Written by Penny Dunning
In Once, There was a Canal, Indianapolis poet Liza Hyatt tells the story of Indiana’s Irish immigrants who built the Wabash and Erie Canal. When completed, the Wabash and Erie was the 2nd largest canal in the world, connecting the Ohio River at Evansville to Lake Erie at Toledo, and opening the new state to commerce and settlement. Through narrative poetry, Hyatt weaves the voices of her ancestors, especially her great-great grandparents Daniel Heffernan and Catherine Meehan, into the frontier tapestry of 19th century America. During their lives as canal workers, Daniel and Kate traveled much of the path of the canal. They arrived, separately, in Fort Wayne, Indiana in 1827, met and married in Lafayette, and followed canal work to southern Indiana, where they purchased farmland in Daviess County and raised a family of 12 children.
To imagine and write the story of her ancestors, Hyatt traveled the canal’s path through Indiana, conducting research and consulting with historians specializing in Indiana’s canal history. Her research for this project was funded through a 2016 Indiana Arts Commission Individual Artist Project grant.
Hyatt also developed poetry and Celtic harp performances (in the bardic style of old Ireland) based on Once There Was a Canal. She first performed her work at historic sites on the canal path as part of Indiana’s 2016 Bicentennial celebration. Many who attended these performances loved how the harp and poetry brought the canal era to life.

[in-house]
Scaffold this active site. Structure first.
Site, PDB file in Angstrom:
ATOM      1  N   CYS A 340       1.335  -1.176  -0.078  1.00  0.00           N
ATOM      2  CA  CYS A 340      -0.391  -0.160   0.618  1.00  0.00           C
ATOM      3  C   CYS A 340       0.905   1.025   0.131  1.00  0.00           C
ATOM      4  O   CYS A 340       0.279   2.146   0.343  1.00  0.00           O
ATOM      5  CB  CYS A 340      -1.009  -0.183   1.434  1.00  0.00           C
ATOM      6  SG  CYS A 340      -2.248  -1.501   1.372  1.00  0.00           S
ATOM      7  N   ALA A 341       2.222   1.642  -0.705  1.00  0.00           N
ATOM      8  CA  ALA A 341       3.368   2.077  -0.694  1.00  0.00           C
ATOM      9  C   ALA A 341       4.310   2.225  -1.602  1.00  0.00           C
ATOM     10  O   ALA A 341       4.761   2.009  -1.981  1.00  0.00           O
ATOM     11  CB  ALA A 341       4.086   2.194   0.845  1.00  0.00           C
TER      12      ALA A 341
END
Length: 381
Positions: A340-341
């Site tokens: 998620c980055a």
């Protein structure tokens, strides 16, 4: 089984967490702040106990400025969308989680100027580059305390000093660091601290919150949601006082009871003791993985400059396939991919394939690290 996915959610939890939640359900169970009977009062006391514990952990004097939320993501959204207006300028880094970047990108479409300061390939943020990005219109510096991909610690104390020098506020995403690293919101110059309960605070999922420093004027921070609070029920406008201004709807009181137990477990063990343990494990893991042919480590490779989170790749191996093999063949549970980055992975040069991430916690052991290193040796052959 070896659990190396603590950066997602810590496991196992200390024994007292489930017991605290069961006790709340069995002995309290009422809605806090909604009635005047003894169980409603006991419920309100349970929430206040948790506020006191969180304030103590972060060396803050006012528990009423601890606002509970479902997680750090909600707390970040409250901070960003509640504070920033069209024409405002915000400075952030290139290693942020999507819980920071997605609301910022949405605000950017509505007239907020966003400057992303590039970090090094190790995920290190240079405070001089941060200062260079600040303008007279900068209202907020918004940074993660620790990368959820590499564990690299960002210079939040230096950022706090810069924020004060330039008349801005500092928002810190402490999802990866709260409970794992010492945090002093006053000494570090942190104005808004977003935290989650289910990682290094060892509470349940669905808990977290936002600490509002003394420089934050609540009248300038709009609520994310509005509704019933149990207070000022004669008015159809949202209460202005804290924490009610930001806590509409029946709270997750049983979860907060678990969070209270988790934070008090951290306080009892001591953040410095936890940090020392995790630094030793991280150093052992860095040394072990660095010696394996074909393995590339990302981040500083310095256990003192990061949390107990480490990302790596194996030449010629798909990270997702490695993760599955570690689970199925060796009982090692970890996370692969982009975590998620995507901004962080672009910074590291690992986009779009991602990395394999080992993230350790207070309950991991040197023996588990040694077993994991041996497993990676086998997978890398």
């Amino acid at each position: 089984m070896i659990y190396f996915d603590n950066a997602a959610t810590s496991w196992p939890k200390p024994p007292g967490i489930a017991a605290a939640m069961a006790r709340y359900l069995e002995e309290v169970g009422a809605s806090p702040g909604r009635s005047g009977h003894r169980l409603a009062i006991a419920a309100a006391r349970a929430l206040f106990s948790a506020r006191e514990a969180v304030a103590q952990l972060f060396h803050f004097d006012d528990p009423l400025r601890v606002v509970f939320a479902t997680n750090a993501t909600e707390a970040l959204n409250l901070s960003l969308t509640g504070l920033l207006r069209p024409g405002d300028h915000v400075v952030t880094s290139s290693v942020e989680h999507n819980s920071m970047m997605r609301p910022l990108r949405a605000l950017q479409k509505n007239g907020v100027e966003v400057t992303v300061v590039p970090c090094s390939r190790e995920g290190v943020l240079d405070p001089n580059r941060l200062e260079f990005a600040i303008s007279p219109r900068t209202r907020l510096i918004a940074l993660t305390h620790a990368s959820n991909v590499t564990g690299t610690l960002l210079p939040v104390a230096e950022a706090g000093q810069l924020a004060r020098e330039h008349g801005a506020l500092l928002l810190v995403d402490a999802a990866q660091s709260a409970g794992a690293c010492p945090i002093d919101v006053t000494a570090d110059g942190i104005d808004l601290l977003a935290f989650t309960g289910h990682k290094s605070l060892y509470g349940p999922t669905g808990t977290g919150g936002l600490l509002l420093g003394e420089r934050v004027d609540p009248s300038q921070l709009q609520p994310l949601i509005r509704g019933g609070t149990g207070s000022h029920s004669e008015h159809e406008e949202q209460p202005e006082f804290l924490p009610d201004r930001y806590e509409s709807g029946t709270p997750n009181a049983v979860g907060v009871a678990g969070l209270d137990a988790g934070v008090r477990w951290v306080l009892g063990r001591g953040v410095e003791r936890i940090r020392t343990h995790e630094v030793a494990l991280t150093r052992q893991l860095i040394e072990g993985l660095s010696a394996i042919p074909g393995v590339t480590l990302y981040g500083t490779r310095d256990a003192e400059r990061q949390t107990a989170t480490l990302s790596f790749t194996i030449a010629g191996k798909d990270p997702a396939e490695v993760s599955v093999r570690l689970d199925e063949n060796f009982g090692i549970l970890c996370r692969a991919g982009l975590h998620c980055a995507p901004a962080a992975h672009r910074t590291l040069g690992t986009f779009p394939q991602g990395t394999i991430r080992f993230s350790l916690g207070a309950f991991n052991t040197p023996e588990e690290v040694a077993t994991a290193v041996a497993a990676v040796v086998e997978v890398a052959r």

Liza Hyatt is the author of The Mother Poems (Chatter House Press, 2014), Under My Skin (WordTech Editions, 2012), Seasons of the Star Planted Garden (Stonework Press, 1999), Stories Made of World (Finishing Line Press, 2012), and Art of the Earth: Ancient Art for a Green Future (Authorhouse, 2007) an art-based eco-psychology workbook. Liza is an art therapist (ATR-BC, LMHC) who facilitates classes, workshops, readings, retreats, and therapeutic programs for numerous Indiana organizations.
This book will be available for purchase during Liza Hyatt’s performance of A Braided Story for My Irish Great-Great Grandmothers on Saturday, November 4, 2017 from 7 – 8 p.m. at the Eugene and Marilyn Glick Indiana History Center. The storytelling performance inter-weaves both great-great grandmothers’ stories with her own.